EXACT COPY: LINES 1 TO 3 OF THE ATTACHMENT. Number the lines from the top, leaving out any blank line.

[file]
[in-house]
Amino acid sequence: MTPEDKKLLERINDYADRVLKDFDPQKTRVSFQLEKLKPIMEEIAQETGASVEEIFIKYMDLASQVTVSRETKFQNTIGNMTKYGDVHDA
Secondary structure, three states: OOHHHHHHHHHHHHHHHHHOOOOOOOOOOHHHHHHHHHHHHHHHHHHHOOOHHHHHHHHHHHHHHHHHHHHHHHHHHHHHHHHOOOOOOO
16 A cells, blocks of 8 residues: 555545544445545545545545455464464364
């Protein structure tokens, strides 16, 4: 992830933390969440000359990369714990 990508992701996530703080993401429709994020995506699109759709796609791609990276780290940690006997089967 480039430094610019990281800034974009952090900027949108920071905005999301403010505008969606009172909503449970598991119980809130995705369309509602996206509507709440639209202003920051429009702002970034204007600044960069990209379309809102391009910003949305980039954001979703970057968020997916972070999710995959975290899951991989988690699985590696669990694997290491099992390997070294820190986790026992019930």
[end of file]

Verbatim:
[in-house]
Amino acid sequence: MTPEDKKLLERINDYADRVLKDFDPQKTRVSFQLEKLKPIMEEIAQETGASVEEIFIKYMDLASQVTVSRETKFQNTIGNMTKYGDVHDA
Secondary structure, three states: OOHHHHHHHHHHHHHHHHHOOOOOOOOOOHHHHHHHHHHHHHHHHHHHOOOHHHHHHHHHHHHHHHHHHHHHHHHHHHHHHHHOOOOOOO